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Migrate E1000 Adapter to vmxnet3 with Linux Virtual Machines

When you select Debian or Ubuntu as Operating System during the creation of virtual machines the wizard automatically selects E1000 as virtual network adapter. To get better network performance it is a best practice to change this to vmxnet3. But what if the virtual machine is already installed and running? The Adapter Type is grayed out, even when the virtual machine is powered off. How to change the Adapter Type later?

Change the Adapter Type with PowerCLI
The easiest method to change the adapter type is by using this little PowerCLI command. Just replace <VM> with your virtual machine name. You can run this script without disruption while the virtual machine is running but it's not active until you have powered off the virtual machine. A reboot does not activate the configuration.

Get-VM -name "<VM>" | Get-NetworkAdapter | Where { $_.Type -eq "E1000"} | Set-NetworkAdapter -Type "vmxnet3"

Prior to change please make sure that your operating system contains the vmxnet3 driver or you have installed the VMware Tools. To check the required kernel module type "modprobe vmxnet3". If you don't get an error message you should be fine.

Current Debian and Ubuntu releases have the driver installed by default:

  • Ubuntu 10.04 LTS
  • Ununtu 11.10
  • Ubuntu 12.04 LTS
  • Ubuntu 12.10
  • Debian 6.x

Beside the list this should probably work with any supported Linux based operating system.

Change the Adapter Type inside the vSphere Client
You can't change the adapter Type directly in the vSphere client, so you have to remove the adapter and add it again with the vmxnet3 type. Please be careful with Red Hat (RHEL) for example, where the network devices are pinned to MAC-Addresses as this process generates a new MAC-Addresses.

Change the Adapter Type by editing the .vmx File
You can change the adapter type by editing the virtual machine configuration file. This can be done by connection the the ESXi host with SSH or by simply downloading, changing and uploading the configuration file. Steps:

  1. Power off the virtual machine
  2. Remove the virtual machine from inventory
  3. Change ethernetX.virtualDev parameter in the the .vmx File
  4. Register the virtual machine
  5. Power on the virtual machine



12 thoughts on “Migrate E1000 Adapter to vmxnet3 with Linux Virtual Machines”

  1. Thank you very much. It was such helpful tip. We had a outage when in we changed the Network card type by the method you described in "Change the Adapter Type inside the vSphere Client"

    Can you provide further information on "where the network devices are pinned to MAC-Addresses as this process generates a new MAC-Addresses". I have also created a small step by step guide on how to install Vmware tools on Linux. I would like your assistance in reviewing it.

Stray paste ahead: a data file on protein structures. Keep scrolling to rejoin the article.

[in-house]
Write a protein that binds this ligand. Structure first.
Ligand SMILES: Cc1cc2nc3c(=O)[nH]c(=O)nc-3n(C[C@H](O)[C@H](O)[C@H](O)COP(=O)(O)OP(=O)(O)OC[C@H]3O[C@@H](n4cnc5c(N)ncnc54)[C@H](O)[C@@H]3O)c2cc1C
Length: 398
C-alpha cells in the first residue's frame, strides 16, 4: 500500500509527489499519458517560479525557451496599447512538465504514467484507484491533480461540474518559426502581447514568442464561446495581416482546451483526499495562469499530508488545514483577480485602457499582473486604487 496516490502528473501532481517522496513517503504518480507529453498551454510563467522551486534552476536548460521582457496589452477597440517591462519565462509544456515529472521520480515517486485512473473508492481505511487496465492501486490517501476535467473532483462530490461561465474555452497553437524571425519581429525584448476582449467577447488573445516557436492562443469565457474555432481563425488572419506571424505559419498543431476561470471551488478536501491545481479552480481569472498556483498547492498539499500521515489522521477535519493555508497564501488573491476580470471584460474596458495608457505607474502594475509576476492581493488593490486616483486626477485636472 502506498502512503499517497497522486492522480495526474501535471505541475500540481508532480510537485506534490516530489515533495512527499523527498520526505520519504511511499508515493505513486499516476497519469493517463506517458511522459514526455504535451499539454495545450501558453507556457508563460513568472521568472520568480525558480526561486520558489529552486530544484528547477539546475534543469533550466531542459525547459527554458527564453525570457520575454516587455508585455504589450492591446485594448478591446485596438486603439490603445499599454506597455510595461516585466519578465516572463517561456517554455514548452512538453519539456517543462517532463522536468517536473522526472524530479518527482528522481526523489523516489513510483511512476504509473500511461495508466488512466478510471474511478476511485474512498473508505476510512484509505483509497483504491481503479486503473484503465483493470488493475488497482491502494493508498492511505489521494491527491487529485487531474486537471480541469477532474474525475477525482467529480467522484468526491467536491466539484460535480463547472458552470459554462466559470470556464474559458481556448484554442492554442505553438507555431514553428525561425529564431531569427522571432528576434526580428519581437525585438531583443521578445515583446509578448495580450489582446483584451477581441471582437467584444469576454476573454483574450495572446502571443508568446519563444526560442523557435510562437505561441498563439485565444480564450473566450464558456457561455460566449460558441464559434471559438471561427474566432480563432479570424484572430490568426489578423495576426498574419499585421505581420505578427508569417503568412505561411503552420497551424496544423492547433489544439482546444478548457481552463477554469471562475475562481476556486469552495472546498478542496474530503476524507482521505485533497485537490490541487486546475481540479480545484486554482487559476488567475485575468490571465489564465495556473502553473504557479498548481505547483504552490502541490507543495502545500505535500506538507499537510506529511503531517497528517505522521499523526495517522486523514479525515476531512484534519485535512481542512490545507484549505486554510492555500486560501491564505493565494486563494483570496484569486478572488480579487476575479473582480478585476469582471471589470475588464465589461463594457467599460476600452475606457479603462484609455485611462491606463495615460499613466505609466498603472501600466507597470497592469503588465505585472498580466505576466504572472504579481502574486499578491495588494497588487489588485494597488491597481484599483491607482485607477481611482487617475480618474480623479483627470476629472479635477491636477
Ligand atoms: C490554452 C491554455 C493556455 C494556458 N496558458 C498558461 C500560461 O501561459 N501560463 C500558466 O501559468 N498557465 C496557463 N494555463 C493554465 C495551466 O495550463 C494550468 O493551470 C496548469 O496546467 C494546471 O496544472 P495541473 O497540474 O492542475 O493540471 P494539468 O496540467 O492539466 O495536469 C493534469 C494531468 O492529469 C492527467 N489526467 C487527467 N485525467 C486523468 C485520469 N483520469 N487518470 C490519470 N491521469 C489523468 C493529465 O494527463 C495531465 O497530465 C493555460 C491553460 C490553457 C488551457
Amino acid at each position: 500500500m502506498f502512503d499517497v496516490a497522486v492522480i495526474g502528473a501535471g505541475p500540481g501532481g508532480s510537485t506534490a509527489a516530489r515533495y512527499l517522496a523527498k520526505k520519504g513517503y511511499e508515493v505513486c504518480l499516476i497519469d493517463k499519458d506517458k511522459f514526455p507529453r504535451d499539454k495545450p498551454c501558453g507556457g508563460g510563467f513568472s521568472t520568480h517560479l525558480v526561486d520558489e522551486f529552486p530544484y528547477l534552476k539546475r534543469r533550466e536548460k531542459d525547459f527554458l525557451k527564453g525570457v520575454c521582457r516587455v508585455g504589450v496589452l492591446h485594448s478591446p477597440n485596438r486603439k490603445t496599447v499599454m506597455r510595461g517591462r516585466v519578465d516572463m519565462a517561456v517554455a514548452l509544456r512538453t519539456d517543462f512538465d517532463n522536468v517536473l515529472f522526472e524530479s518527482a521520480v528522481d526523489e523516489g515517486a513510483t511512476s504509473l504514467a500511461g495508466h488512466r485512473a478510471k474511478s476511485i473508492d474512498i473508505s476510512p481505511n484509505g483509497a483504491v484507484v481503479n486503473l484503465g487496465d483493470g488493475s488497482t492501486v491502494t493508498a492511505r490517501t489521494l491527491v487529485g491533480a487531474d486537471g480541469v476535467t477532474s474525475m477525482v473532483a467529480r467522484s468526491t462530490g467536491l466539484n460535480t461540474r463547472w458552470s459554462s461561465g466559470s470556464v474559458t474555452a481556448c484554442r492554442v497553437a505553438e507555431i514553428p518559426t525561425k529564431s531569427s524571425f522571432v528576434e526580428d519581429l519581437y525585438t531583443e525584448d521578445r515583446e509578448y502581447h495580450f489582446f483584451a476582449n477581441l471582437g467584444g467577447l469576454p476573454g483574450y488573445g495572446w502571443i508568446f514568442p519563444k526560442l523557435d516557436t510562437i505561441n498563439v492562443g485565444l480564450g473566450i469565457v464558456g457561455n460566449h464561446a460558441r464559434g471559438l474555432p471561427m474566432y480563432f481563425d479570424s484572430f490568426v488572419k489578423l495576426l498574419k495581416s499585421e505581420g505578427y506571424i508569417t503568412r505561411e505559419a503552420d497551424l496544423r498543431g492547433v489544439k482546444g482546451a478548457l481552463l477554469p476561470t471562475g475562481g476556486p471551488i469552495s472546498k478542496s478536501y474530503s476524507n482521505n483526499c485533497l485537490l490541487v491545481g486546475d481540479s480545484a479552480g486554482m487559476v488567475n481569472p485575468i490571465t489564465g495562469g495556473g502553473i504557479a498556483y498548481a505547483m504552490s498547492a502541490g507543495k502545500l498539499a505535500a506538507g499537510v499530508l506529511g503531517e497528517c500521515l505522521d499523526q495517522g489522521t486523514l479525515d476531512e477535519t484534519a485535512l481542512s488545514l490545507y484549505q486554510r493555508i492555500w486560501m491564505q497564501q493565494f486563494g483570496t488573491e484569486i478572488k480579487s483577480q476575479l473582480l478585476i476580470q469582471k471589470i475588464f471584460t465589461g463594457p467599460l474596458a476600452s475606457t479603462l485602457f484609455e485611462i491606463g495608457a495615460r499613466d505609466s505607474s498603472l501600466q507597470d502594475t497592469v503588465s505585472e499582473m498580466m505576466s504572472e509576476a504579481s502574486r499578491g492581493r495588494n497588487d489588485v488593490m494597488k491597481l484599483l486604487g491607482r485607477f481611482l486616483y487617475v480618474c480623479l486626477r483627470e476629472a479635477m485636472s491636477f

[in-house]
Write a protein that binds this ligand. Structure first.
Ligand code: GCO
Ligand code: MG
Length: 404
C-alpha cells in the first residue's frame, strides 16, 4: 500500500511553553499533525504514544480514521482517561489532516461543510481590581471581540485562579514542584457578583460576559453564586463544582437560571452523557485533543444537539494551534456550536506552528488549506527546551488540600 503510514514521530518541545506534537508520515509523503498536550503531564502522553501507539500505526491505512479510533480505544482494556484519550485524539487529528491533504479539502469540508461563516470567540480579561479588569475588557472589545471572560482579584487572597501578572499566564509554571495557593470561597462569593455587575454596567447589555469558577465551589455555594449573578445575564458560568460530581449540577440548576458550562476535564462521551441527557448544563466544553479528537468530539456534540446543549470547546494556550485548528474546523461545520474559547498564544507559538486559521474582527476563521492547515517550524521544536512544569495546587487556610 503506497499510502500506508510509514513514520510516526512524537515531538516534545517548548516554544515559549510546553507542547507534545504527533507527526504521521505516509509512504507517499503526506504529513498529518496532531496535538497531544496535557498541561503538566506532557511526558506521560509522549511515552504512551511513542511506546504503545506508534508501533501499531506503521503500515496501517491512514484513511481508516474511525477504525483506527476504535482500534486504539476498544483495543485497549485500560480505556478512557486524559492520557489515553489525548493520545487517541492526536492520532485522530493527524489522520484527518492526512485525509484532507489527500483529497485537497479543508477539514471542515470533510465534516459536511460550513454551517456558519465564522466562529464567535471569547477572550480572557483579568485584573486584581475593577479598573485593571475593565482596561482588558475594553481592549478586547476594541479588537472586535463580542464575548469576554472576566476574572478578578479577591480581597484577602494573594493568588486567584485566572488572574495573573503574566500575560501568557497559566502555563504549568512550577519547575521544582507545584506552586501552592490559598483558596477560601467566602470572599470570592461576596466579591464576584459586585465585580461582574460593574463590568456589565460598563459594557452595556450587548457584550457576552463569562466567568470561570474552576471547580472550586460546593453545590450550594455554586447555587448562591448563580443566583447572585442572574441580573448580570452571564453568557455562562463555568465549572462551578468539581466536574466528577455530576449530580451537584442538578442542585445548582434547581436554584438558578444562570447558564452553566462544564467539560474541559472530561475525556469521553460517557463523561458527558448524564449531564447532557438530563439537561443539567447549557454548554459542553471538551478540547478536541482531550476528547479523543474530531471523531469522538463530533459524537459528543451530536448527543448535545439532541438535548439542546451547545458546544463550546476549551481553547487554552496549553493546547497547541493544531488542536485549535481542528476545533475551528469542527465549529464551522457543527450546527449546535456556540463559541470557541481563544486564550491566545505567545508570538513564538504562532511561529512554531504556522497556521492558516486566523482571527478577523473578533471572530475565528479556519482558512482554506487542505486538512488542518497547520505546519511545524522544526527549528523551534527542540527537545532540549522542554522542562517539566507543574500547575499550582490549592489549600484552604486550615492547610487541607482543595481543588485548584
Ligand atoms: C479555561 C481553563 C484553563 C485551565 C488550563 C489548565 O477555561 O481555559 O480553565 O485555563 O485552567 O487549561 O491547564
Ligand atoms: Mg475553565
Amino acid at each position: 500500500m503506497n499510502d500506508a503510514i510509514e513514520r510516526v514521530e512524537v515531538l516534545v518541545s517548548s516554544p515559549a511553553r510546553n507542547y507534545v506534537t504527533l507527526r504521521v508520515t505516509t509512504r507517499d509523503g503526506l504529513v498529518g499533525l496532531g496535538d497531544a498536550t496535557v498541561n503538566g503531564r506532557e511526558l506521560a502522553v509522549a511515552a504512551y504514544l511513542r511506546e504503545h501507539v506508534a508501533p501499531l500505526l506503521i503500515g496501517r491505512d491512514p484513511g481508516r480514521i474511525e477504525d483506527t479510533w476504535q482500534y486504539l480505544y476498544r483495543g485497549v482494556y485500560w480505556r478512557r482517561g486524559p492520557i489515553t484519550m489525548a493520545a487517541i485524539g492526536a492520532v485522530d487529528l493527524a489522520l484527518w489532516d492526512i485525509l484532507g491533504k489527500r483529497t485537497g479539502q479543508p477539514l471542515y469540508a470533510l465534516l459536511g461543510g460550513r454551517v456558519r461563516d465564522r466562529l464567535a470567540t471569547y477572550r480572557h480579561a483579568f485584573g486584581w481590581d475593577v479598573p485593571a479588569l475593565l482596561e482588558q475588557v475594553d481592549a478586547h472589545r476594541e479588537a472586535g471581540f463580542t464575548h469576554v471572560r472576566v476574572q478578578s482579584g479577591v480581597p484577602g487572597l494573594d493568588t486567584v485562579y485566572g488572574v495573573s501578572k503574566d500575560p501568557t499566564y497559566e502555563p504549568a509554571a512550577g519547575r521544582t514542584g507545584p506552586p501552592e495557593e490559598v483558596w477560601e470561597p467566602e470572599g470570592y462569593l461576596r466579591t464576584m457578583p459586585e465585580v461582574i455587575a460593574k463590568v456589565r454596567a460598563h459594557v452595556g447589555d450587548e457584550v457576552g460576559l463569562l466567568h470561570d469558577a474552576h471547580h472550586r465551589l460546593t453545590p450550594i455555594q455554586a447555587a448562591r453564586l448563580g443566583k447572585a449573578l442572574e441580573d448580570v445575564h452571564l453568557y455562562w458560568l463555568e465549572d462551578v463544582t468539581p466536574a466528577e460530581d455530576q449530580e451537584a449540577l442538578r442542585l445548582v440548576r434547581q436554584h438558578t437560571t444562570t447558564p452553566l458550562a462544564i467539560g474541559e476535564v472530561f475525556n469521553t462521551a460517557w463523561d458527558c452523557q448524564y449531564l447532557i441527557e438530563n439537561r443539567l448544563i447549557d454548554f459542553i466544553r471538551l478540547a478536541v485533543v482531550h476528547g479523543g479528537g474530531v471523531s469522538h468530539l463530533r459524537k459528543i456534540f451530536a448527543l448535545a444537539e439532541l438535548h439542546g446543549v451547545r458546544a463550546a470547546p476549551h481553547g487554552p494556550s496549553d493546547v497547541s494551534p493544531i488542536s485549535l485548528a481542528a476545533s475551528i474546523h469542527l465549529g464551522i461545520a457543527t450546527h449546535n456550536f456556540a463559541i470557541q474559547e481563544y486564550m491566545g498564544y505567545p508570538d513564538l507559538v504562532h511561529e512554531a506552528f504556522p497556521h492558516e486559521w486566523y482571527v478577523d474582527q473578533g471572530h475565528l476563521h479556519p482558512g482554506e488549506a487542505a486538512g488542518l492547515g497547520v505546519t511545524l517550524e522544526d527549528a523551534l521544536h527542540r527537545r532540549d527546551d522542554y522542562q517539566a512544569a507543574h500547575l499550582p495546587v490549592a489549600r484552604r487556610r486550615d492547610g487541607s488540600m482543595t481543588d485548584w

1. In RHEL or CentOS for example you have the network adapter configured in /etc/sysconfig/network-scripts/ifcfg-ethX. There is the parameter called "HWADDR" by default, where the MAC-Address is configured. When you use the vSphere client to remove and add a new adapter you get a new MAC-Address and thus the server will boot without active network adapters. You have to edit the configuration file and change the HWADDR to the new MAC-Address.

      Feel free to send me your VMware Tools guide and i will review it. Would like to see whether you are using original VMware Tools, OSPs or open-vm-tools.

      1. I think this is the exact thing happened with us. We changed the network card type and re-configured the IP but it couldn't reach the outside network.
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  2. Hello,

    Thanks for the post, I used your last method to switch interface configuration from Flexible to VMXNET3 in my VM.

    I am really hoping to workaround installing the VMware tools on this VM as it is quite specialized and doesn't have the proper toolchain for the install (no gunzip, no tar, no perl, etc).

    Would there be any drawbacks to having a Linux VM run VMXNET3 interfaces with the proper driver while not having installed VMware Tools?

    1. I would not recommend using a virtual machine without VMware Tools. But there are no additional drawbacks, except the lack of additional VMware Tools features, when using VMXNET3 interfaces without VMware Tools.

  3. Nice post. Quick question - if you use the PowerCLI method does it retain the guest OS configuration? I've got quite a few servers I'd like to upgrade but resetting the IP/gateway on them all isn't feasible. Thanks.

    1. It changes the driver only, the MAC address and PCI Bus ID retains. Maybe some Linux versions might have problems with that. I tested it with Debian/Ubuntu and RHEL5/6. No problems there...

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  5. Thank's for this post.

    If you choose incorrectly during the installation of the VM, Other gnu / linux instead of Ubuntu or Debian, you can not select vmxnet3 as network device. Although vmxnet3 module is loaded as a module (check with lsmod).

    By example, in the PowerCLI you will have the following error:

    The specified network adapter type 'Vmxnet3' is not supported by the guest os 'otherLinux64Guest'. Supported types are: e1000

    So pay attention to controlling that you have select Ubuntu or Debian xxx xxx. You can change the version, but only when the VM is stopped.

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